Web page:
The latest FNC Residential Price Index® (RPI) indicates that U.S. property values continued to recover through January—the 11th consecutive month of rising prices. Despite the uneven pace of price gains across different geographical markets, there are clear signs that the housing recovery is increasingly widespread.
A limited housing supply and declining foreclosure sales are contributing to the recovery of underlying property values. The average list-to-sale price ratio increased to 93.5 in January, compared to 90.3 during the same period a year ago; in other words, the average asking price discount dropped to 6.5 percent from 9.7 percent. Foreclosures, as a percentage of total home sales, were 20.2 percent in January, down from 26.9 percent a year ago.
Based on recorded sales of non-distressed properties (existing and new homes) in the 100 largest metropolitan areas, the FNC 100-MSA composite index shows that January home prices rose 0.3 percent from the previous month and were up 5.7 percent on a year-over-year basis from the same period in 2012.] The 30-MSA and 10-MSA composite indices show similar trends of rising prices, with the 10-MSA composite accelerating more rapidly at 0.8 percent month-over-month and 7.2 percent year-over-year.
FNC’s RPI is the mortgage industry’s first hedonic price index built on a comprehensive database that blends public records of residential sales prices with real-time appraisals of property and neighborhood attributes. As a gauge of underlying home values, the RPI excludes sales of foreclosed homes, which are frequently sold with large price discounts, reflecting poor property conditions.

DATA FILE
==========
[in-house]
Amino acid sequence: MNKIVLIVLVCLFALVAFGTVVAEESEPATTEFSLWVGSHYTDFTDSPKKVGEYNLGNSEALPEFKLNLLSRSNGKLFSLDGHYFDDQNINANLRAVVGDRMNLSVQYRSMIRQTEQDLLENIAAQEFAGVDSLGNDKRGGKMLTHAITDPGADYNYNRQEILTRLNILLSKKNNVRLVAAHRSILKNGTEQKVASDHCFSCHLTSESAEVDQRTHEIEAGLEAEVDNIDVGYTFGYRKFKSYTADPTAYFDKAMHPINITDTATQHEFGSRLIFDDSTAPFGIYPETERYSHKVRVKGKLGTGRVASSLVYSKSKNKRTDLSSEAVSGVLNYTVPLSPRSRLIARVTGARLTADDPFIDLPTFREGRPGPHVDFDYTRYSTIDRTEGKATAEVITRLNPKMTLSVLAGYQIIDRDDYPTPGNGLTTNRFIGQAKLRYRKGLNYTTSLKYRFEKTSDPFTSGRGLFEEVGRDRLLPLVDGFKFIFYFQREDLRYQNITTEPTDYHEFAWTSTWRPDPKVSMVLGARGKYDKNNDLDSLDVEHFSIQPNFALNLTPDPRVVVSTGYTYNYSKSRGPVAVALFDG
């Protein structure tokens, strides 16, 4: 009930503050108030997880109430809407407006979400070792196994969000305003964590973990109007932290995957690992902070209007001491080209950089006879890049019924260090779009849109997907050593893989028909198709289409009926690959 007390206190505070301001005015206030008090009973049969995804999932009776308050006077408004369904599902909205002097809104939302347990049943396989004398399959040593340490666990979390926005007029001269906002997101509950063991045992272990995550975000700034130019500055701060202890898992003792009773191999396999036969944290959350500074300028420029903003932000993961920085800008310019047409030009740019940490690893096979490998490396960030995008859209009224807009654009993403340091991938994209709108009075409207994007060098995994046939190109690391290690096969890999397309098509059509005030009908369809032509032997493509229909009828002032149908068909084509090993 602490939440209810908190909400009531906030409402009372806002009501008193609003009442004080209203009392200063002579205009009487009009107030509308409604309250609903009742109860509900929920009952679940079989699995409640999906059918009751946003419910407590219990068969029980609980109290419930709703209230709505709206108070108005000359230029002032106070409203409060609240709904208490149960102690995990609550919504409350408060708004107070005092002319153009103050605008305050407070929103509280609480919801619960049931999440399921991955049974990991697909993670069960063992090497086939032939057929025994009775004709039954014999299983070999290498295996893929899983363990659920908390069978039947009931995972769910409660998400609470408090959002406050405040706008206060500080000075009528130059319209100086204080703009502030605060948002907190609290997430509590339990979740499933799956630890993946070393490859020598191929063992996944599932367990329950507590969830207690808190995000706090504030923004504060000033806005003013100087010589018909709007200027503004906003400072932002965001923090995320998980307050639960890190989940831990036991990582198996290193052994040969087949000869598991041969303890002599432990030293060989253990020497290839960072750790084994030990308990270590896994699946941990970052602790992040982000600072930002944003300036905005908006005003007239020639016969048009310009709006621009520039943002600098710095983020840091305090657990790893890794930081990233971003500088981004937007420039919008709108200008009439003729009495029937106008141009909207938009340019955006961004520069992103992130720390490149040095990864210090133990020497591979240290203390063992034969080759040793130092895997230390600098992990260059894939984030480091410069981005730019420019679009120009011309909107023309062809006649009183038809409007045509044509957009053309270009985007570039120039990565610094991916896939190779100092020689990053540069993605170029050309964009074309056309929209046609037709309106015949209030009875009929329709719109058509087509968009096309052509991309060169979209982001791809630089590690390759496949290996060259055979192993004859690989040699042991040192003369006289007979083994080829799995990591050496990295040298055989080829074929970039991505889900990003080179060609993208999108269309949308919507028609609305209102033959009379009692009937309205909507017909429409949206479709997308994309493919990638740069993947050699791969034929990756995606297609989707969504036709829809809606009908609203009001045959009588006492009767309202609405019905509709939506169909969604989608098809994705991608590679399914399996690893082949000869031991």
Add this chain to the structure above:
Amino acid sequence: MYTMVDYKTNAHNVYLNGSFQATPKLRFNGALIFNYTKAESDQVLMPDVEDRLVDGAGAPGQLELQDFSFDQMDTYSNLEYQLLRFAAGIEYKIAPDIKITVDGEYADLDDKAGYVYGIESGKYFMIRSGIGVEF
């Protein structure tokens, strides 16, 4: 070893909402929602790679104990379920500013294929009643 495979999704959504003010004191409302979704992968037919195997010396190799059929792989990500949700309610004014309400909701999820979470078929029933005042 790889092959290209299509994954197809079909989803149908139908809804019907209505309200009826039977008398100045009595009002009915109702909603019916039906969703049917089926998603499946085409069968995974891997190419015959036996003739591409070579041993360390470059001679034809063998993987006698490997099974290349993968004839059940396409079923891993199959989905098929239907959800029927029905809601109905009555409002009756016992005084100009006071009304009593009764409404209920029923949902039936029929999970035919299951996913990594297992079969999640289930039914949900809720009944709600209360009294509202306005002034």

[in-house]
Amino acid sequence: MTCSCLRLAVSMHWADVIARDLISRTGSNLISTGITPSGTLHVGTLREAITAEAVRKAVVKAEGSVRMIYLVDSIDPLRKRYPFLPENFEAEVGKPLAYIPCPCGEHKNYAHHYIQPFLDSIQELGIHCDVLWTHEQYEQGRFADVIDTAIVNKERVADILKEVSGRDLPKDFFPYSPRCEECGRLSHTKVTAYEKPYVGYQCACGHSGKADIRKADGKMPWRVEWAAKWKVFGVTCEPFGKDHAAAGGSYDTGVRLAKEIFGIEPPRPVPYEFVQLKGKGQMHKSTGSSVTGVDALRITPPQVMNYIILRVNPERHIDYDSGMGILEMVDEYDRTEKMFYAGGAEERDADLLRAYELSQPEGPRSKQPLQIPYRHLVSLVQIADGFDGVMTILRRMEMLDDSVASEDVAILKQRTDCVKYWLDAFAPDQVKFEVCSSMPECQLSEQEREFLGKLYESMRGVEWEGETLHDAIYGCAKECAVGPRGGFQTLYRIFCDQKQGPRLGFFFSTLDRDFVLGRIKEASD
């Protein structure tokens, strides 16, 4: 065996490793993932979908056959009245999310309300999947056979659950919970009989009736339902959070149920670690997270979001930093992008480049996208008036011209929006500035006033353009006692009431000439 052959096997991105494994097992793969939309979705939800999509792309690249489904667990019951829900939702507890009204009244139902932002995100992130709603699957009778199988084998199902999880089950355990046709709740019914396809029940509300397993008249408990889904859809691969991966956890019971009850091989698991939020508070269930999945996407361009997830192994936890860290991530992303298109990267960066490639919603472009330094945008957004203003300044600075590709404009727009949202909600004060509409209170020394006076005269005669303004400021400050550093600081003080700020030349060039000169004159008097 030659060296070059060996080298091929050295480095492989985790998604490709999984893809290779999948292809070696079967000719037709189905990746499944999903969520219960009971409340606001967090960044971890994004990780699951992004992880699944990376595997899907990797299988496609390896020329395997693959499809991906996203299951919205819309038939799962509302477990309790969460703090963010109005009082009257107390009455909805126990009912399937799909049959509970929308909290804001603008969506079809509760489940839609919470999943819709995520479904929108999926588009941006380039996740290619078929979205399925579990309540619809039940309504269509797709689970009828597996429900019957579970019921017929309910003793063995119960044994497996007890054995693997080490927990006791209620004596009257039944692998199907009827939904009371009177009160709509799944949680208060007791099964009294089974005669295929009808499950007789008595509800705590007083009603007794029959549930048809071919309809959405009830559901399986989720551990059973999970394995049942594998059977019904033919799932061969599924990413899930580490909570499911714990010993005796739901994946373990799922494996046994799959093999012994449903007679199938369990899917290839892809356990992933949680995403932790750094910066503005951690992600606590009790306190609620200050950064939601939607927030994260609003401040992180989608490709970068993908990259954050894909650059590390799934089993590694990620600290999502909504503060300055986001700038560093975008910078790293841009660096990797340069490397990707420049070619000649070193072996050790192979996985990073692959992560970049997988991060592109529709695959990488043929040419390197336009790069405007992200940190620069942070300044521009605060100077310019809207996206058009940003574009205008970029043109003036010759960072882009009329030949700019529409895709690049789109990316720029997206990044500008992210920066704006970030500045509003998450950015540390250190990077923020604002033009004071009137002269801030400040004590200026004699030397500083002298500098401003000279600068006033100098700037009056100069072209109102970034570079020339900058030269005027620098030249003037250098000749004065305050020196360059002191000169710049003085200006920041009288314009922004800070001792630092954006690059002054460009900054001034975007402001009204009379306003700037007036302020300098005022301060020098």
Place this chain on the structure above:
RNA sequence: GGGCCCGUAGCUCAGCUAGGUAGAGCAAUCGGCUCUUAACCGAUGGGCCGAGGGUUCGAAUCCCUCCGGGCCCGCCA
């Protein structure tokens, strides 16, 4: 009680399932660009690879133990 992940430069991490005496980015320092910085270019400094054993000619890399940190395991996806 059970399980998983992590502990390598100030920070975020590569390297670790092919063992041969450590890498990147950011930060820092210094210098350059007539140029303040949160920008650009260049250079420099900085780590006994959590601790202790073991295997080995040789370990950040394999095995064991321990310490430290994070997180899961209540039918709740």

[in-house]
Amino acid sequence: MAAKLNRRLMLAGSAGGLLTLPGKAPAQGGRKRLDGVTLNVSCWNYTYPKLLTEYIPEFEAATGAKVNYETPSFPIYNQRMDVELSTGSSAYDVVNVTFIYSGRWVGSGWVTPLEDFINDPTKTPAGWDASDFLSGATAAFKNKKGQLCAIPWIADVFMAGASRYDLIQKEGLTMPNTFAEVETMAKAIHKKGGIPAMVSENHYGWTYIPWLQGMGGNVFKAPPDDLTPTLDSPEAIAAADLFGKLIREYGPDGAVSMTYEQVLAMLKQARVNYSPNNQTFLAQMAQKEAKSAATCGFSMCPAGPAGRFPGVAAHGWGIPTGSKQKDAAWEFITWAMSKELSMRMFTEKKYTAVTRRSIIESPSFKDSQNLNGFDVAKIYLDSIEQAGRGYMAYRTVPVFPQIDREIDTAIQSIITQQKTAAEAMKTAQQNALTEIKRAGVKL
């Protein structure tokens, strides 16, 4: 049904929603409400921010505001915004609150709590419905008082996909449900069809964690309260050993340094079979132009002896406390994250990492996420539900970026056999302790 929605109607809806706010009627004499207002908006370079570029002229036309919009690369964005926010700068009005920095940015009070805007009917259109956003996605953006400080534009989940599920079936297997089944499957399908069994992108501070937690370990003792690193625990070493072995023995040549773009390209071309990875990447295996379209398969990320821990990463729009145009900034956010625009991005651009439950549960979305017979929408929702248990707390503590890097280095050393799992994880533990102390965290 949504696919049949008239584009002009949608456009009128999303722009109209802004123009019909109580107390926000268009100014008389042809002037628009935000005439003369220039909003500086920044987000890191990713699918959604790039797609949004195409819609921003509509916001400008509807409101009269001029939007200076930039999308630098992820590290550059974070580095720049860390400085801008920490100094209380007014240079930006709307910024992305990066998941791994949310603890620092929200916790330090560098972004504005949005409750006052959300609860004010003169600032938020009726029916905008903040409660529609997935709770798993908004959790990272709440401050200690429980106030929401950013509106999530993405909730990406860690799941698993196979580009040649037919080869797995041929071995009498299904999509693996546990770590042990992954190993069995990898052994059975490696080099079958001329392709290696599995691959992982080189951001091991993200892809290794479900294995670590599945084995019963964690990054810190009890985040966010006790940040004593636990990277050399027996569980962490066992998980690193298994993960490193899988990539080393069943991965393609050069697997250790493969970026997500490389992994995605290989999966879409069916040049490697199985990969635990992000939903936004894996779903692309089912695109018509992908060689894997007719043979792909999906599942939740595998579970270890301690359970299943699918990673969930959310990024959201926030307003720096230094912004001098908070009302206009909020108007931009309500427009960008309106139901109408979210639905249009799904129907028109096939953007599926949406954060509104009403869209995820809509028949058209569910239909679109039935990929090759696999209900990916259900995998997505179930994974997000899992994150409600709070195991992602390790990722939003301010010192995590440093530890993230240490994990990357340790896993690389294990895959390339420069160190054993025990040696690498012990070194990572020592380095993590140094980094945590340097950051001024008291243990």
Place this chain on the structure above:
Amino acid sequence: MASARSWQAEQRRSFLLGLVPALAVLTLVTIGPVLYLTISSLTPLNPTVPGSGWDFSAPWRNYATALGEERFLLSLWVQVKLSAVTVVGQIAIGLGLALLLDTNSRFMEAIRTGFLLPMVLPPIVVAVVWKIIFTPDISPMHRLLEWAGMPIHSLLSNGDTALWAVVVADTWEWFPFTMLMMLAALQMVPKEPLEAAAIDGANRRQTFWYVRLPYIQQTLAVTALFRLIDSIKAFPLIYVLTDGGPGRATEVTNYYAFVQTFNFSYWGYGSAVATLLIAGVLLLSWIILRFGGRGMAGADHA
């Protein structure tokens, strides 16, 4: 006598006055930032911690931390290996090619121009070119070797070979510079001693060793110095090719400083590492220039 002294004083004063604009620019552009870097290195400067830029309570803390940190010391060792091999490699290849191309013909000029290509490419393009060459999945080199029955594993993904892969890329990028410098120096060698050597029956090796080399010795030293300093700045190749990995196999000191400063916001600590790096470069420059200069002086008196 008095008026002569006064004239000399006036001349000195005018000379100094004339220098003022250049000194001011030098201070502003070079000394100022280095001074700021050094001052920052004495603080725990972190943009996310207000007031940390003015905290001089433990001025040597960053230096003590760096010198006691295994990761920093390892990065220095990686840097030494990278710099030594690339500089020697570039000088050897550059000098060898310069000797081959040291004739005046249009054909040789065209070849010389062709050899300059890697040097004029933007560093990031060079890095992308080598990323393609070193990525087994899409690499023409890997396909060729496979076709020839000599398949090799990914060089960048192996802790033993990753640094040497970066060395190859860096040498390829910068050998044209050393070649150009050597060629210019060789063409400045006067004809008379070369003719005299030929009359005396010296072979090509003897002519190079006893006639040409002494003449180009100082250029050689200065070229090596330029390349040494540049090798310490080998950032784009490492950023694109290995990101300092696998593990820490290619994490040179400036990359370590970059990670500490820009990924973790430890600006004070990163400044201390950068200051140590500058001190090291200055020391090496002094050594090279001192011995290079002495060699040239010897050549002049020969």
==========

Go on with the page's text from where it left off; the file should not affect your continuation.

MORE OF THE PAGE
Seventeen of the component markets tracked by the FNC 30-MSA composite index show higher prices in January. The strong price momentum continues in Phoenix and Las Vegas where prices were up 1.9 percent and 1.5 percent in January after rising 2.1 percent and 2.0 percent, respectively, in December. Year-over-year, the two cities saw prices rise 28.6 percent and 12.5 percent. The January price declines seen in the other 13 markets are largely attributable to seasonal fluctuations. Home prices have bottomed out in these markets. On a year-over-year basis, all 30 component markets show higher prices from a year ago, but it is clear that the degree of market improvement remains inconsistent nationwide.
Although home prices have improved significantly in the last 12 months, a six-year price comparison shows that current prices remain well below their near-peak levels. On average, today’s home prices are about 27.5 percent below January 2007. In hard-hit markets such as Las Vegas, Orlando, Miami, and Riverside, Calif., home prices are only half of what they were six years ago.
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